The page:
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5 Cybersecurity Lessons We Can Learn from Star Wars - Lesson 1: Help me encryption, you're my only hope

  • 1.  5 Cybersecurity Lessons We Can Learn from Star Wars - Lesson 1: Help me encryption, you're my only hope

    Posted 14 days ago
    Edited by Olivia Rempe 14 days ago

    Lesson 1: Help me encryption, you're my only hope

    To celebrate cybersecurity awareness month, I wanted to share some excerpts from an article titled
    5 Cybersecurity Lessons We Can Learn from Star Wars. As someone who is brand new to the industry, I appreciate the examples used as they are related to a subject matter with which I am very familiar. I've also included some links to corresponding CSA research that further expands on these topics.


    Early in the film, Princess Leia hides some "information vital to the rebellion's survival," and a plea for help is addressed to Obi-Wan Kenobi inside R2-D2.


    When R2-D2 is in possession of Luke Skywalker on Tatooine, Luke accidentally stumbles across the message while cleaning the droid. However, only a small preview of it plays on a loop. R2-D2 explains that it is a private message meant for Obi-Wan and refuses to play it in full until it is delivered to him by Luke.


    This is a lot like what encryption is meant to achieve. Private data intended for a specific recipient is rendered indecipherable to anyone who's not authorized to view it, especially if they're a random moisture farmer. For encryption best practices, check out CSA's Recommendations for Adopting a Cloud-Native Key Management Service → https://csaurl.org/dz4jwm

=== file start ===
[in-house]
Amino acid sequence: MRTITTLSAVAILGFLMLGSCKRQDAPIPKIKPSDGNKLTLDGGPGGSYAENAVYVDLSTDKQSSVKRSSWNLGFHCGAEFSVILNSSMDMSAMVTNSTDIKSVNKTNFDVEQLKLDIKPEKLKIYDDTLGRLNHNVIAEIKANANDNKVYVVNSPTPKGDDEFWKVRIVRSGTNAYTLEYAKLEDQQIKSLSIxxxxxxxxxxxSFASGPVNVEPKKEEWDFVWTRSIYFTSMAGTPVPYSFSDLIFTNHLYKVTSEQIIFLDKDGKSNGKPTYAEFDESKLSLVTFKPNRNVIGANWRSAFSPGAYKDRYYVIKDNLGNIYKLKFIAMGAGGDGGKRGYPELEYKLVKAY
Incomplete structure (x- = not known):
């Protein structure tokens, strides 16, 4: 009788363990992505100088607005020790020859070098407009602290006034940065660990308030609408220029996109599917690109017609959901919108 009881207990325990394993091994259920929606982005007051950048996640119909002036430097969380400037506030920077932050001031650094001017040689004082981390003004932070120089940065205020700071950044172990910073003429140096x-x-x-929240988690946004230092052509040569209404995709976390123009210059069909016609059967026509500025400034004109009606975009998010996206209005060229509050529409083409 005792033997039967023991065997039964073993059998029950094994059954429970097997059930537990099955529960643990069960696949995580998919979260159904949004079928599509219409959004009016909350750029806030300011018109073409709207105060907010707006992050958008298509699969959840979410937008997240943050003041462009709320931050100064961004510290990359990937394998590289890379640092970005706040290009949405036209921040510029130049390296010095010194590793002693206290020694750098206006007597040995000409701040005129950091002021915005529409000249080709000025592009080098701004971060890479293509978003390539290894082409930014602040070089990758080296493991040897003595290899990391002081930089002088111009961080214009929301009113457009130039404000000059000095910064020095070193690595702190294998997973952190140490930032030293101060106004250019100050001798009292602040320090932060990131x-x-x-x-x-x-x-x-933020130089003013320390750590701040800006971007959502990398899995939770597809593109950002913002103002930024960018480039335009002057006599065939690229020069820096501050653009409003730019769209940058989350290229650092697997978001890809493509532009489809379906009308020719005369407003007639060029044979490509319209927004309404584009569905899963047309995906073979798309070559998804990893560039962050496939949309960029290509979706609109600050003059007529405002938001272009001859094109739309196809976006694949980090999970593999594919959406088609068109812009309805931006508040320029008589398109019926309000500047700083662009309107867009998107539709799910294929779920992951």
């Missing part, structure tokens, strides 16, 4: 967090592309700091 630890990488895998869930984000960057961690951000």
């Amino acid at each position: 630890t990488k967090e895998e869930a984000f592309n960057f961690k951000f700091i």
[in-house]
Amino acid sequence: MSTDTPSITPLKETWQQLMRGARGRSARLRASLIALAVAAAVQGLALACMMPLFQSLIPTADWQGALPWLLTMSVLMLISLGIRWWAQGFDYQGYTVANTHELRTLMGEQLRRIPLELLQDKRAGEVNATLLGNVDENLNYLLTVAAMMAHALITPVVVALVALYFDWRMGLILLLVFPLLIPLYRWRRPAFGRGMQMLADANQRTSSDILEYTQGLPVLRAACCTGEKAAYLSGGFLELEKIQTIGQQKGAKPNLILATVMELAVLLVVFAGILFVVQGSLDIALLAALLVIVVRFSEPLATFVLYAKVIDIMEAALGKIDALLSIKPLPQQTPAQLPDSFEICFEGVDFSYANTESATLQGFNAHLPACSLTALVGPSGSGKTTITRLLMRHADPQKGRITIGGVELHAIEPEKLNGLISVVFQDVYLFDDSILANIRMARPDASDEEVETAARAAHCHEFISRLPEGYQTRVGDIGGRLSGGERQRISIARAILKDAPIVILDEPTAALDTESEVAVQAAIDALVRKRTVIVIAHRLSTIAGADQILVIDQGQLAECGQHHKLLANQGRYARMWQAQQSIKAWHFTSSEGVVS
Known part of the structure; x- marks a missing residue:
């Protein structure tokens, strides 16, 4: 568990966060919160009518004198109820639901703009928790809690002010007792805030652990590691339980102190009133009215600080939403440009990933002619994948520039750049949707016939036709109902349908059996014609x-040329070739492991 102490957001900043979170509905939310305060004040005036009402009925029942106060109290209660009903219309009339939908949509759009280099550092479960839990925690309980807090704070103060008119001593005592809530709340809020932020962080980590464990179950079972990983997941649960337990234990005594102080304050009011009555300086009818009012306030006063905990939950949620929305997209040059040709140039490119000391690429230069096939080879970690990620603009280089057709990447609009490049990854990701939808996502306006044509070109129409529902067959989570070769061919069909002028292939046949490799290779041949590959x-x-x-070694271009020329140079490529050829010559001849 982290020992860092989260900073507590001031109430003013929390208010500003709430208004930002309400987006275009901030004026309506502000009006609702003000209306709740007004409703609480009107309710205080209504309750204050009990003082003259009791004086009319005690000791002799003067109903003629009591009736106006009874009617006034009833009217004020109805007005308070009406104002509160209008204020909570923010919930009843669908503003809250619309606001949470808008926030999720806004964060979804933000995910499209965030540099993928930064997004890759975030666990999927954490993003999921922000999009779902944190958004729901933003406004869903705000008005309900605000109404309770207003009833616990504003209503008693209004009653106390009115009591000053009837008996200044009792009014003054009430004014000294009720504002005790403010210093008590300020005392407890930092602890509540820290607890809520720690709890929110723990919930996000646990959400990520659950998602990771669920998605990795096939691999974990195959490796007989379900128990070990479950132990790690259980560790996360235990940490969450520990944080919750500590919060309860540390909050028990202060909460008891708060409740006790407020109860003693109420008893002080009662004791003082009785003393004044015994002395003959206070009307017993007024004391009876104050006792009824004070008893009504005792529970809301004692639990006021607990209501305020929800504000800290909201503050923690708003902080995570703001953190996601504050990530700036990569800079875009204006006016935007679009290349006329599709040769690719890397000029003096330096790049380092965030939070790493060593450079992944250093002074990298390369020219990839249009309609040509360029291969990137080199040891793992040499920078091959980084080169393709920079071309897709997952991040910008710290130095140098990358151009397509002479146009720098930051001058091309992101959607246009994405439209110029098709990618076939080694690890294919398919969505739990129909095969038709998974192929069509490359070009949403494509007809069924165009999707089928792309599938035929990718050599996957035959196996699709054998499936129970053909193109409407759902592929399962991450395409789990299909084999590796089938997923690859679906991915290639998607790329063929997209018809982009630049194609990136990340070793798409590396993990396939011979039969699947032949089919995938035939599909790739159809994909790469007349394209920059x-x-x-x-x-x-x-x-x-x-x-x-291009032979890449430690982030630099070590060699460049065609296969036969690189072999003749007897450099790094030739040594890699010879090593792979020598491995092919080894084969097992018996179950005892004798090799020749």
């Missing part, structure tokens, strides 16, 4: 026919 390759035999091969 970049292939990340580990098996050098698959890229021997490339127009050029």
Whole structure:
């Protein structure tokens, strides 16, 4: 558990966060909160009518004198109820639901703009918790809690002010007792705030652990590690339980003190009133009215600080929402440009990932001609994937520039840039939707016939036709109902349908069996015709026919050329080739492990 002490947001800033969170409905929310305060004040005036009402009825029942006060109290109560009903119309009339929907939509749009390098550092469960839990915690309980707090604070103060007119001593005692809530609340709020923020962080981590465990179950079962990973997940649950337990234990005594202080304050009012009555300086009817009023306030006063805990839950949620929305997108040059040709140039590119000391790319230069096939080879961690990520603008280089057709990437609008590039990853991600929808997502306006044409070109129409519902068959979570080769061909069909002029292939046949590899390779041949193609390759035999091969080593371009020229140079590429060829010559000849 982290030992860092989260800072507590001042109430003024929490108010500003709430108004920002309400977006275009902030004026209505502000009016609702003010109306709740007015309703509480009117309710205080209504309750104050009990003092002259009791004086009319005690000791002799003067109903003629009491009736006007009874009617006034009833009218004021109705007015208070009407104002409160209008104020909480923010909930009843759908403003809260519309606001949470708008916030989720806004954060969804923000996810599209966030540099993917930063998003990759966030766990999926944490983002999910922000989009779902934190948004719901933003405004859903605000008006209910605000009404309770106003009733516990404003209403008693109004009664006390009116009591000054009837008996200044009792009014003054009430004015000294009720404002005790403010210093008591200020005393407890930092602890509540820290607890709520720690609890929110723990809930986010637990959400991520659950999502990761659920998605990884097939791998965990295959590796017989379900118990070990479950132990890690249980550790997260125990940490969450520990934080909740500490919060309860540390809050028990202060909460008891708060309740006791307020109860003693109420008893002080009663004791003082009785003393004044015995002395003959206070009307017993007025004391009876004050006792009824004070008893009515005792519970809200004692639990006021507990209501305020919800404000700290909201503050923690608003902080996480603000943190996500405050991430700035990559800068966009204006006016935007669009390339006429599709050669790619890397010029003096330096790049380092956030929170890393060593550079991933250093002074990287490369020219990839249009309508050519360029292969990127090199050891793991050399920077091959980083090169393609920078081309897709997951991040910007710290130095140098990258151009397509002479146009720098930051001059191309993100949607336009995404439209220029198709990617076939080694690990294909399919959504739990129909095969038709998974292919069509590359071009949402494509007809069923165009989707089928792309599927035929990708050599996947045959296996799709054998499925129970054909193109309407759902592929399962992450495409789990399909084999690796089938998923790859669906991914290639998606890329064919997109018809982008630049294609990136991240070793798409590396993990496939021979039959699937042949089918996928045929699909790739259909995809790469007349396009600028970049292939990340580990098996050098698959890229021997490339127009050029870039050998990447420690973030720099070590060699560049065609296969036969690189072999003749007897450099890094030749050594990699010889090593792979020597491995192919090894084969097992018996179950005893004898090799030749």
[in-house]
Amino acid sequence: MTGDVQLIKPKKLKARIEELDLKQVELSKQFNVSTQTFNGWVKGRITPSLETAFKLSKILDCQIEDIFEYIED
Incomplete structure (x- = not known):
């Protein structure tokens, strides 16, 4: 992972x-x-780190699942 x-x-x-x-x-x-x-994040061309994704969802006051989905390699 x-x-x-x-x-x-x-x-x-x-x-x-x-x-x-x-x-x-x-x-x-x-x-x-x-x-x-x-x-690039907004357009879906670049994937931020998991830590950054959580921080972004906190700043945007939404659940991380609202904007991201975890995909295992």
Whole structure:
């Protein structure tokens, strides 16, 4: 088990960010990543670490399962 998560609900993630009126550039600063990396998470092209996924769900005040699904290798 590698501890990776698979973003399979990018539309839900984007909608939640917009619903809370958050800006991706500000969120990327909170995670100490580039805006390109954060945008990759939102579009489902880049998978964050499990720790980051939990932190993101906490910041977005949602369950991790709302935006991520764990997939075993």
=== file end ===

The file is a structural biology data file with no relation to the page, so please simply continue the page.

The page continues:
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    Olivia Rempe
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  • 2.  RE: 5 Cybersecurity Lessons We Can Learn from Star Wars - Lesson 1: Help me encryption, you're my only hope

    Posted 14 days ago
    Edited by Michael Roza 14 days ago
    Hi,

    I recall the scene vaguely.
    I would say that since R2-D2 refused to play anything other than the preview for Luke because Luke was not Obi-Wan this appears to be more a case of restricted access rather encryption.
    This is not to say that the message is not encrypted. Should Luke or anyone tried to hack or open up R2-D2 to access storage and the message presumably the message would have been encrypted.

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    Michael Roza CPA, CISA, CIA, MBA, Exec MBA
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